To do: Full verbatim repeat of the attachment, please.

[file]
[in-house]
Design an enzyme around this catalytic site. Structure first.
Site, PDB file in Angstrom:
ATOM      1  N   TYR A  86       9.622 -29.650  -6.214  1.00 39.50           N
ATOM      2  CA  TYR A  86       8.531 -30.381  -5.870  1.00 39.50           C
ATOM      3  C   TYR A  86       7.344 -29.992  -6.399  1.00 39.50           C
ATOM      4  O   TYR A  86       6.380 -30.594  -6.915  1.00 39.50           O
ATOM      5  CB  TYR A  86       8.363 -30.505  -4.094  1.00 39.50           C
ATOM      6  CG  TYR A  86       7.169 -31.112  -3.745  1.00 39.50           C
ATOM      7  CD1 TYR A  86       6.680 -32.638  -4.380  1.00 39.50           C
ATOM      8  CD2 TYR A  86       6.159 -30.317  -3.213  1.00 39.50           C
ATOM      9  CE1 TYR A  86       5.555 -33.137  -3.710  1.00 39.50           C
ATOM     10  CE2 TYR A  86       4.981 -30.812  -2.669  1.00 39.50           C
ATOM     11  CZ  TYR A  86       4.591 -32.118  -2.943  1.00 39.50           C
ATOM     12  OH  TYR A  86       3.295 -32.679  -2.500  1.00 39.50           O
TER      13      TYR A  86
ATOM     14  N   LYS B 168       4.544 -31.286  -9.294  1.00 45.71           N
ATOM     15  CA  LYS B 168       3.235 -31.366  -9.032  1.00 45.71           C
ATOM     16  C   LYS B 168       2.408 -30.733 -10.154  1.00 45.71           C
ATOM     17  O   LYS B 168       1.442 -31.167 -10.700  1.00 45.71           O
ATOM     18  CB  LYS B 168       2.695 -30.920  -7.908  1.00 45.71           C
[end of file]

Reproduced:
[in-house]
Design an enzyme around this catalytic site. Structure first.
Site, PDB file in Angstrom:
ATOM      1  N   TYR A  86       9.622 -29.650  -6.214  1.00 39.50           N
ATOM      2  CA  TYR A  86       8.531 -30.381  -5.870  1.00 39.50           C
ATOM      3  C   TYR A  86       7.344 -29.992  -6.399  1.00 39.50           C
ATOM      4  O   TYR A  86       6.380 -30.594  -6.915  1.00 39.50           O
ATOM      5  CB  TYR A  86       8.363 -30.505  -4.094  1.00 39.50           C
ATOM      6  CG  TYR A  86       7.169 -31.112  -3.745  1.00 39.50           C
ATOM      7  CD1 TYR A  86       6.680 -32.638  -4.380  1.00 39.50           C
ATOM      8  CD2 TYR A  86       6.159 -30.317  -3.213  1.00 39.50           C
ATOM      9  CE1 TYR A  86       5.555 -33.137  -3.710  1.00 39.50           C
ATOM     10  CE2 TYR A  86       4.981 -30.812  -2.669  1.00 39.50           C
ATOM     11  CZ  TYR A  86       4.591 -32.118  -2.943  1.00 39.50           C
ATOM     12  OH  TYR A  86       3.295 -32.679  -2.500  1.00 39.50           O
TER      13      TYR A  86
ATOM     14  N   LYS B 168       4.544 -31.286  -9.294  1.00 45.71           N
ATOM     15  CA  LYS B 168       3.235 -31.366  -9.032  1.00 45.71           C
ATOM     16  C   LYS B 168       2.408 -30.733 -10.154  1.00 45.71           C
ATOM     17  O   LYS B 168       1.442 -31.167 -10.700  1.00 45.71           O
ATOM     18  CB  LYS B 168       2.695 -30.920  -7.908  1.00 45.71           C